Optimal Barrel Length
 Silence
 Posts: 3825
 Joined: Sun Apr 09, 2006 9:01 pm
Optimal Barrel Length
What is the optimal barrel length in WBLs? Clearly, longer barrels generally allow for more time and for more speed to be transferred to the balloon, but at the extremes, the air expansion decreases and friction becomes a bigger factor.
I'm thinking about using a few formulas to find the best length, although that is also affected by portability and the like. Any suggestions? I'll take into account the barrel size and the pressure, but it probably doesn't need to be any more complicated than that.
Also, in the automatic miniballoon launcher I've detailed before (as opposed to a sponge shooter), you might as well use a longer barrel to make maximum use of the air. Otherwise, there would be a lot of time in between shots where there's nothing inside the barrel and when you're just wasting air.
IMO, for that situation, low pressure from the regulator and a long barrel would be the most efficient.
I'm thinking about using a few formulas to find the best length, although that is also affected by portability and the like. Any suggestions? I'll take into account the barrel size and the pressure, but it probably doesn't need to be any more complicated than that.
Also, in the automatic miniballoon launcher I've detailed before (as opposed to a sponge shooter), you might as well use a longer barrel to make maximum use of the air. Otherwise, there would be a lot of time in between shots where there's nothing inside the barrel and when you're just wasting air.
IMO, for that situation, low pressure from the regulator and a long barrel would be the most efficient.
 SSCBen
 Posts: 6449
 Joined: Sat Mar 22, 2003 1:00 pm
Optimal barrel length only exists when the pressure is dropping, in this case due to the movement of the projectile. When the force of pressure equals the force of friction, acceleration equals zero and the barrel should stop there. After that point, the force of friction is higher than the force of pressure and the projectile decelerates.
Calculating where that occurs is difficult however. You first have to calculate the coefficient of kinetic friction (not really too hard) and then doing a lot of math to get an equation for the acceleration of the projectile. We tried to calculate this in AP Physics and believe me, it's simply not going to happen for most people unless you know differential equations. We asked a math teacher for help and even what we finished with after that didn't seem right.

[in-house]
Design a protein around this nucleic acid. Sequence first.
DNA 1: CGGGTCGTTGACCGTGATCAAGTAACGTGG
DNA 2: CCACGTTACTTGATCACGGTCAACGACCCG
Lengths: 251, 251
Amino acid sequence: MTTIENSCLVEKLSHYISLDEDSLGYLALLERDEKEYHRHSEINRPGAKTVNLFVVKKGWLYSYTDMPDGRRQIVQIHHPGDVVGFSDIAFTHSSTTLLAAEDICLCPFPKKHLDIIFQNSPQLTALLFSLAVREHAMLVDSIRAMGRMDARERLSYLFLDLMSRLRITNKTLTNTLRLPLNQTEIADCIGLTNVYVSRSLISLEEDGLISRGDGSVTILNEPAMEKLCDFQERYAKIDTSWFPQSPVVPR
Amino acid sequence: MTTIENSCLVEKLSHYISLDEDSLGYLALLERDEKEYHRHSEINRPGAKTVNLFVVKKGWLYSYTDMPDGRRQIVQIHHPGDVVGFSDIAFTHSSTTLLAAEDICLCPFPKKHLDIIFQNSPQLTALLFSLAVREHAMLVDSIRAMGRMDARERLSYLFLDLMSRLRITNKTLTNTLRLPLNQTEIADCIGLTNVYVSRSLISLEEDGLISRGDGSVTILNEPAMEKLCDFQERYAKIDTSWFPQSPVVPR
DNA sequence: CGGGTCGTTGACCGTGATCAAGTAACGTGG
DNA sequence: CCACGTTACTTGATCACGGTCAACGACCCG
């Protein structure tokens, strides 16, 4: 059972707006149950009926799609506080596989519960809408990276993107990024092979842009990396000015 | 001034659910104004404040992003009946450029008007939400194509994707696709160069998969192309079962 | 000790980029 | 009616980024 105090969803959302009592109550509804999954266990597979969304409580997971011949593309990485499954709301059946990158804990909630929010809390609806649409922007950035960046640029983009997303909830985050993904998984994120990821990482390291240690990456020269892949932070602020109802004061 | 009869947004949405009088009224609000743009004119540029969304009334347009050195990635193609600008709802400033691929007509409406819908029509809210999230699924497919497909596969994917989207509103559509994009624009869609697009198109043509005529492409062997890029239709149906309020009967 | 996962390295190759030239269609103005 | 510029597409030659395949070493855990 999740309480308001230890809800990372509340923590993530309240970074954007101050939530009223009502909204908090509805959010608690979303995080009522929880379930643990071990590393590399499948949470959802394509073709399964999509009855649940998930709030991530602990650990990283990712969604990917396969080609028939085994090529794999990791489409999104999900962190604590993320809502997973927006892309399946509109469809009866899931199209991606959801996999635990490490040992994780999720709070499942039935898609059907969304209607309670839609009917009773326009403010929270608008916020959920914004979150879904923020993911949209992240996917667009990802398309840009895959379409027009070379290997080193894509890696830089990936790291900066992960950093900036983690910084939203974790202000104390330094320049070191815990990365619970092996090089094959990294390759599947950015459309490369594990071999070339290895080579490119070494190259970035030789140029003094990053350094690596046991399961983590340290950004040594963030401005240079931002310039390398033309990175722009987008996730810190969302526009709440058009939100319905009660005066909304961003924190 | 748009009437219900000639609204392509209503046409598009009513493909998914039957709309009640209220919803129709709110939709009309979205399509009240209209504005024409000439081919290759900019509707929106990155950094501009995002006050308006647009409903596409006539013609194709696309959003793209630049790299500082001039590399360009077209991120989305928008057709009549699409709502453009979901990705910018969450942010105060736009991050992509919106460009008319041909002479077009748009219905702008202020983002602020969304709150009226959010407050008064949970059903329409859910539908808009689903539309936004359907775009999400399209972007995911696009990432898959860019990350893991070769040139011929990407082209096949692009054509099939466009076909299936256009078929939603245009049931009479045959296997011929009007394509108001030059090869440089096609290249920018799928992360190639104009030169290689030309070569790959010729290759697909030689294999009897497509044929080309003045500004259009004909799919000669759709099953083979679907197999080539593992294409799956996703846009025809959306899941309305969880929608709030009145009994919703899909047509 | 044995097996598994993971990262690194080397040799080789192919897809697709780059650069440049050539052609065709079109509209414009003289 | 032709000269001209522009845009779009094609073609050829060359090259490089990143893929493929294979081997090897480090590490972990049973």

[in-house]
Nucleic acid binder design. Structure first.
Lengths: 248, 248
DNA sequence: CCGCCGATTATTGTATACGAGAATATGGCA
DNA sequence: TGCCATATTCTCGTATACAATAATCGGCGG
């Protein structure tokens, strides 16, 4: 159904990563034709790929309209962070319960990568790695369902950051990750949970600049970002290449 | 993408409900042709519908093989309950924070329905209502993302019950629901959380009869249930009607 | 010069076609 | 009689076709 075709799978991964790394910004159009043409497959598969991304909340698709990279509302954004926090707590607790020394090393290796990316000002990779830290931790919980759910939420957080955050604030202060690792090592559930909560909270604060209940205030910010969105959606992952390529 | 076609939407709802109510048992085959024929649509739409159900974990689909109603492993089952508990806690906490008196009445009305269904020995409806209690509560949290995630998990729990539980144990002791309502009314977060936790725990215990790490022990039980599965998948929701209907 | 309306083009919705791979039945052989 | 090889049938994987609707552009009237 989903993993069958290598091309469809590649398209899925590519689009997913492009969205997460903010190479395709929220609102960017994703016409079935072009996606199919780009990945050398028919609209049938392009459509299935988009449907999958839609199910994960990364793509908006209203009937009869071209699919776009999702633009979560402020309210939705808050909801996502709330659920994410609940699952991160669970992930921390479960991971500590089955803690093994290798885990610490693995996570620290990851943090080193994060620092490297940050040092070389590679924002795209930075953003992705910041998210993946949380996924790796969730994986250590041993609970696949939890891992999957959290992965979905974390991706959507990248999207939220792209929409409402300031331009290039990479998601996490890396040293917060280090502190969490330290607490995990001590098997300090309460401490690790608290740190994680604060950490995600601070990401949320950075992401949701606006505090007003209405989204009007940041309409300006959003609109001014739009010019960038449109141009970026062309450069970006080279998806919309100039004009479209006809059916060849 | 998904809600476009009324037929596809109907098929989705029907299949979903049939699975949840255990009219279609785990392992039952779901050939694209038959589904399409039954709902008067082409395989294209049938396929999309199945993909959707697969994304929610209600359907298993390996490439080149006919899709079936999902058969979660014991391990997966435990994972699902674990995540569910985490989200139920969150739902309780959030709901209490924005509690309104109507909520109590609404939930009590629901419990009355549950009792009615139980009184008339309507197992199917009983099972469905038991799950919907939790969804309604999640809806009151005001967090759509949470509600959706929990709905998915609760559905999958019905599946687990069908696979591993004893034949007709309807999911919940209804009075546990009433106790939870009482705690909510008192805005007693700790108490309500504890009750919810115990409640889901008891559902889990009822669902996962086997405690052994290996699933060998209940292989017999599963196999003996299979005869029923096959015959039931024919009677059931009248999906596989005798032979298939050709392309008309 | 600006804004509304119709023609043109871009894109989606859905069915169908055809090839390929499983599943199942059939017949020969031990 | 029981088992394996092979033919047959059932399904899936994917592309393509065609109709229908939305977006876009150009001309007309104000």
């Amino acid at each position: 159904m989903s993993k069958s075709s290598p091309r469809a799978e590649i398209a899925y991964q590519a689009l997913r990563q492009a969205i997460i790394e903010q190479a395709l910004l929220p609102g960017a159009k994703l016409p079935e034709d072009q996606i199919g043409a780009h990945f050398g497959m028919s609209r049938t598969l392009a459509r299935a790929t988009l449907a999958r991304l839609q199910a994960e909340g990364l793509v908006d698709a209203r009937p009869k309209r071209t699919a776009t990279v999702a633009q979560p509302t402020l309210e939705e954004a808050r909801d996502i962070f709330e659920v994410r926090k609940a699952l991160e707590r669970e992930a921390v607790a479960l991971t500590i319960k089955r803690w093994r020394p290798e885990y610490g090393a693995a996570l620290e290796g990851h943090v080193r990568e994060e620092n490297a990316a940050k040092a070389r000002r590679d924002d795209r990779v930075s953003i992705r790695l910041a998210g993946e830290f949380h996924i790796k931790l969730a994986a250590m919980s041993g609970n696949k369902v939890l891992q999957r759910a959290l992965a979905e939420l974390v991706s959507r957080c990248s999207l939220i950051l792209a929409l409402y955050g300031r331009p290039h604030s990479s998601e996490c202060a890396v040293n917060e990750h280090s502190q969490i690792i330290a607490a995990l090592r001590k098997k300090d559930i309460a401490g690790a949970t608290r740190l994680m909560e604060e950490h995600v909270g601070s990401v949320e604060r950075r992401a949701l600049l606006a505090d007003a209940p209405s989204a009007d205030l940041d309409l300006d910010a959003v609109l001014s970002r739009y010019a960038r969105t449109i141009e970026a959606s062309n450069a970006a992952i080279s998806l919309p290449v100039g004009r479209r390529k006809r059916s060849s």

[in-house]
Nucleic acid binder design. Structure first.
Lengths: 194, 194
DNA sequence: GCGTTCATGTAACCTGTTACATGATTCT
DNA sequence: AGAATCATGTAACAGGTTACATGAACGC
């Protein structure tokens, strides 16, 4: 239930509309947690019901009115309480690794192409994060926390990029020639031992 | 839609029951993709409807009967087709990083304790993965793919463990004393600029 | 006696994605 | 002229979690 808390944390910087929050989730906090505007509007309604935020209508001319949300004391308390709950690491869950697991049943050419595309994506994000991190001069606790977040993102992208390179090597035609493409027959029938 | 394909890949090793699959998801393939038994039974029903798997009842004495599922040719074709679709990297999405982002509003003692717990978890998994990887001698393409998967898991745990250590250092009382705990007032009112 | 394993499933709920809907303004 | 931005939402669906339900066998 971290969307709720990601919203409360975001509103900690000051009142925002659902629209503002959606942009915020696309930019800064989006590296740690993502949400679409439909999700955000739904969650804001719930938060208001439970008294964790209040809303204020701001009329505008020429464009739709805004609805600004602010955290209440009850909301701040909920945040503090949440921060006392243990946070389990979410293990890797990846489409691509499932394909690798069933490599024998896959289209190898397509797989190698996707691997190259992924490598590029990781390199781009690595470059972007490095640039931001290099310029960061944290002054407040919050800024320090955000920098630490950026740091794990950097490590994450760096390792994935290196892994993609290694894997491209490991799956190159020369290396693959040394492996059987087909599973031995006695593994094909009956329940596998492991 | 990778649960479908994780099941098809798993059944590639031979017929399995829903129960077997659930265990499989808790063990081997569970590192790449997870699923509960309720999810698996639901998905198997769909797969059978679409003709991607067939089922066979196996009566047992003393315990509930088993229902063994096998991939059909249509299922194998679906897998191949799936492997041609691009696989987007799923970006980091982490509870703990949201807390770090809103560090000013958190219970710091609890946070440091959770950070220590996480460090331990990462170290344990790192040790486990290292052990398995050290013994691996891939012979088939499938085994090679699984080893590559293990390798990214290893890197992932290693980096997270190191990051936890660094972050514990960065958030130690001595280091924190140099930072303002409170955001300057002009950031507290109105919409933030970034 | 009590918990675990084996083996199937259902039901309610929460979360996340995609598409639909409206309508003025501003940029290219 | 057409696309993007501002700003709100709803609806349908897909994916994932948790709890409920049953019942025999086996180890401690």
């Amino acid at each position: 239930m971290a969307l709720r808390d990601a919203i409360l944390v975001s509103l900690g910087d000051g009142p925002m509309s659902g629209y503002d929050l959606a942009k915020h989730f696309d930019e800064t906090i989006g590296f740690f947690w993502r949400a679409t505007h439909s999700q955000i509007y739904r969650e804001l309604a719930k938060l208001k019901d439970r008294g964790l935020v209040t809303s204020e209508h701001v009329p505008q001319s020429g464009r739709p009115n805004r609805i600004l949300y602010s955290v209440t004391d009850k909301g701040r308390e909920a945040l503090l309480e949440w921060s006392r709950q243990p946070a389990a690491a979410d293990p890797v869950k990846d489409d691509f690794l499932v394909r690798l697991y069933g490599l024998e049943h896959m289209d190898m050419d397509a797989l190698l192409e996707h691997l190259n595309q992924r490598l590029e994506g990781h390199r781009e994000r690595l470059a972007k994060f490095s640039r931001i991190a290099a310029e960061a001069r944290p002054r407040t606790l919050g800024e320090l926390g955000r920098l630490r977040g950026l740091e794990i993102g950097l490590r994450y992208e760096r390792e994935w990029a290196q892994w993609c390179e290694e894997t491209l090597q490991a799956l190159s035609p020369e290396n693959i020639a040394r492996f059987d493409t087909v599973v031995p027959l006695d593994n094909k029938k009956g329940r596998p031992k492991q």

The final equation didn't feel right likely because after that you have to optimize the velocity of the projectile due to the drag. Terminal velocity does matter a lot. Sometimes you'll exceed the terminal velocity and the projectile will slow down a lot for that reason. So you should first calulate the terminal velocity and then find the barrel length that will yield that velocity in reality.
The best method is really trial and error for that reason. Keep cutting and record the length and the average range of a few shots on that length. That's the easiest way to get every variable working at the same time.
You can avoid the problem of optimal barrel length by using low friction materials for barrels, a pressure regulator so that the projectile never decelerates, and an aerodynamic water balloon of sorts.
Edit: I'm also quite sure that there's programs or spreadsheets that will calculate this for you, but you'd have to measure everything as accurately as possible. That's another reason I'd suggest for trialanderror  accuracy of measurements can be sketchy without good quality equipment that most don't have available to them.
Calculating where that occurs is difficult however. You first have to calculate the coefficient of kinetic friction (not really too hard) and then doing a lot of math to get an equation for the acceleration of the projectile. We tried to calculate this in AP Physics and believe me, it's simply not going to happen for most people unless you know differential equations. We asked a math teacher for help and even what we finished with after that didn't seem right.
The final equation didn't feel right likely because after that you have to optimize the velocity of the projectile due to the drag. Terminal velocity does matter a lot. Sometimes you'll exceed the terminal velocity and the projectile will slow down a lot for that reason. So you should first calulate the terminal velocity and then find the barrel length that will yield that velocity in reality.
The best method is really trial and error for that reason. Keep cutting and record the length and the average range of a few shots on that length. That's the easiest way to get every variable working at the same time.
You can avoid the problem of optimal barrel length by using low friction materials for barrels, a pressure regulator so that the projectile never decelerates, and an aerodynamic water balloon of sorts.
Edit: I'm also quite sure that there's programs or spreadsheets that will calculate this for you, but you'd have to measure everything as accurately as possible. That's another reason I'd suggest for trialanderror  accuracy of measurements can be sketchy without good quality equipment that most don't have available to them.
Last edited by SSCBen on Sun Sep 03, 2006 4:18 pm, edited 1 time in total.
 Silence
 Posts: 3825
 Joined: Sun Apr 09, 2006 9:01 pm
Thanks for the reply. I assumed it would be difficult, but I guess I'll have to return to the problem in a few yearsthat would be an interesting challenge, at least.
For an automatic WBL, it would probably just be worth it to use a barrel that is short enough to be practical, but to increase the strength of the magazine springs. That should give a higher rate of fire and wouldn't waste air, but of course I would keep the pressure down.
Alternatively, I could just cut a barrel of the length I desire and then change the pressure to see at which point there's a major decrease in performance.
For an automatic WBL, it would probably just be worth it to use a barrel that is short enough to be practical, but to increase the strength of the magazine springs. That should give a higher rate of fire and wouldn't waste air, but of course I would keep the pressure down.
Alternatively, I could just cut a barrel of the length I desire and then change the pressure to see at which point there's a major decrease in performance.
 Drenchenator
 Posts: 807
 Joined: Fri Jun 18, 2004 12:00 pm
The only guaranteed way to do this is through testing. As Ben said, the math is beyond most people. Optimization is a major section of calculus, and the differential equations alone would be over most people's heads. Ben and I did attempt to calculate this during our AP Physics class, but I do not remember finishing the equation.